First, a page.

Alive With Ivy Queen
August 4, 2005
Like rap before it, reggaetón isn't easy to navigate: The bins are full of albums on little-known labels, quick-hit compilations and dubious live recordings. Where to start? Here are few records to check out:
Tego Calderón, "El Enemy de los Guasíbiri" (Jiggiri).
This greatest-hits collection comes just in time to introduce Calderón, one of reggaetón's earliest adopters, to American audiences. With a lazy-but-tough rap style (shades of Biggie?), Calderón straddles the line between reggaetón, rap and Latin hip-hop: Check out "Cerca de mi Neighborhood" and "Gatas Gozan."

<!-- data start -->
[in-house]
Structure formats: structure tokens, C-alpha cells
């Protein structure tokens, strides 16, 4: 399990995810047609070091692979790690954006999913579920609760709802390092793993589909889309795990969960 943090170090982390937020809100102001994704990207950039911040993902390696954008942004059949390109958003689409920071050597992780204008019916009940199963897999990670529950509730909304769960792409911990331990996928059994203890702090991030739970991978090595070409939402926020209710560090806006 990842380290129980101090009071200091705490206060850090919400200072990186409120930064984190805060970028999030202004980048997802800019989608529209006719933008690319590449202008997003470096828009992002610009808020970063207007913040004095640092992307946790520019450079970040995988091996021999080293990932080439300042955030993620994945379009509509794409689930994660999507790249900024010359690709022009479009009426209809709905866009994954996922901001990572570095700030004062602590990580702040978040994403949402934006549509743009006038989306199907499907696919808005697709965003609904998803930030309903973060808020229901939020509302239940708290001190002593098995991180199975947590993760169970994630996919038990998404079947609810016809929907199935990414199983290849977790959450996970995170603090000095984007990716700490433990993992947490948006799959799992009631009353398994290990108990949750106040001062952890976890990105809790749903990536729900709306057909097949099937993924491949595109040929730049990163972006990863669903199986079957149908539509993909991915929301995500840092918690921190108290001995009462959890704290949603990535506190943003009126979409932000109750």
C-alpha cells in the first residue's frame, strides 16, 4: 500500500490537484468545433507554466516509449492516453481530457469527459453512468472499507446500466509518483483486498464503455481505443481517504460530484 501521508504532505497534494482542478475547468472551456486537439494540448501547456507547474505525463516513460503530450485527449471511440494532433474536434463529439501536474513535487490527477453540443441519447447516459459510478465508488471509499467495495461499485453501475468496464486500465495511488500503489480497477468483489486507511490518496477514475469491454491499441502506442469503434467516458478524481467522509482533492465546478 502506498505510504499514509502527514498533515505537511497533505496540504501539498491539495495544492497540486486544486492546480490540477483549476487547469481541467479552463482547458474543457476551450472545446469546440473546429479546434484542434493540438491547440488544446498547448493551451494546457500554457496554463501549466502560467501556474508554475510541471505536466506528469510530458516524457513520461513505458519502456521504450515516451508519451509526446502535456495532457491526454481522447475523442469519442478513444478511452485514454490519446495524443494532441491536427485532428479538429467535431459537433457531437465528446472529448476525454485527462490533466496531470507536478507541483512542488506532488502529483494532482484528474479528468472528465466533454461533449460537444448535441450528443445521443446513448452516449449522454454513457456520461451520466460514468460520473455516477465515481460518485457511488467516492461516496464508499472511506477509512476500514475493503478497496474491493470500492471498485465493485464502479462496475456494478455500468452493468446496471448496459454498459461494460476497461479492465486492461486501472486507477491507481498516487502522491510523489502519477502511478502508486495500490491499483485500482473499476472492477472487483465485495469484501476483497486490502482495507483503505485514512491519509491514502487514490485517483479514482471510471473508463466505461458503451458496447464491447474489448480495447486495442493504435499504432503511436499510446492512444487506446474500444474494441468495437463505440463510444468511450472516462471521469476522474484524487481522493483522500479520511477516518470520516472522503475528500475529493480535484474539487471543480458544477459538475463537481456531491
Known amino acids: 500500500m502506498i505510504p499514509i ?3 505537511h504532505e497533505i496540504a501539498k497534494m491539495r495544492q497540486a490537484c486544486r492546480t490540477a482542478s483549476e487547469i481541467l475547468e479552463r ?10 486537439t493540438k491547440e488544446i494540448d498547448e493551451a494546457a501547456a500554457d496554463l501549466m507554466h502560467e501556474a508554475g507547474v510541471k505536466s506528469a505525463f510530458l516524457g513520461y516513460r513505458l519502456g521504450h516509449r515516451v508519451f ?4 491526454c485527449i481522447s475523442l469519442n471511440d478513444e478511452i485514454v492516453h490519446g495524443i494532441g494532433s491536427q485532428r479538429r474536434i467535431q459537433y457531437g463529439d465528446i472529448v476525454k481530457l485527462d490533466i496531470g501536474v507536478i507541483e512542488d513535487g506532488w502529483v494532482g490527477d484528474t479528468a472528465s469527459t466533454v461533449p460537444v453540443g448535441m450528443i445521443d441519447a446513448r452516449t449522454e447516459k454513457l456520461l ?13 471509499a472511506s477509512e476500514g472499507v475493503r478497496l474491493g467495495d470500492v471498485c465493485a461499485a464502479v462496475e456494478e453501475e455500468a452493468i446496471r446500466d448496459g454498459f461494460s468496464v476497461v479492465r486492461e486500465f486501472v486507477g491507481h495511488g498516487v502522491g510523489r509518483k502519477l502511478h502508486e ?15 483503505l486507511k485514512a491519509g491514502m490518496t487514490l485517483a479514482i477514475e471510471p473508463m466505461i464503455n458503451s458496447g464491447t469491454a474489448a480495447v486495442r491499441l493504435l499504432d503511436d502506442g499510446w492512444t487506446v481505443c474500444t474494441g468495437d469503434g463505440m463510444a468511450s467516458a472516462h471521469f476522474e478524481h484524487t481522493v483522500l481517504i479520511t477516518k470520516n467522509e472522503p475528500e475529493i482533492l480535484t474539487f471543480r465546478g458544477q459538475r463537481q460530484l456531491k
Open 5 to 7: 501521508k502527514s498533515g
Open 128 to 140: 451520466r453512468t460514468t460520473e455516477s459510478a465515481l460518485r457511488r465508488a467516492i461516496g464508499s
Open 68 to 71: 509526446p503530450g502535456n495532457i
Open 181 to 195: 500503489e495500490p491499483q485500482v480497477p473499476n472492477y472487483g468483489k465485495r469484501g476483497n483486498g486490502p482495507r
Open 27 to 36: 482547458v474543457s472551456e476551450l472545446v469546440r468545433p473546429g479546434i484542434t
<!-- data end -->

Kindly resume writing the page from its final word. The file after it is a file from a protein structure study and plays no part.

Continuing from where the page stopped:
Daddy Yankee, "Barrio Fino" (Universal).
Yes, "Gasolina" is on here, but there are also 20 other tracks to show why Yankee is reggaetón's biggest star. If the language barrier is a problem, try the track "Like You," in which Yankee holds it down in English and Spanish, with a nod to Big Pun (a fellow Puerto Rican, or "boricuan").
Ivy Queen, "Real" (Universal).
Say it: "ee-vee queen." One of reggaeton's only female stars, Ivy Queen dabbles in dance music and American-style hip-hop, too. She also sounds as hard-hitting as any of her male peers. Check out the electro-crunch of "Soldados" and the snaky funk of "Quitate Two."
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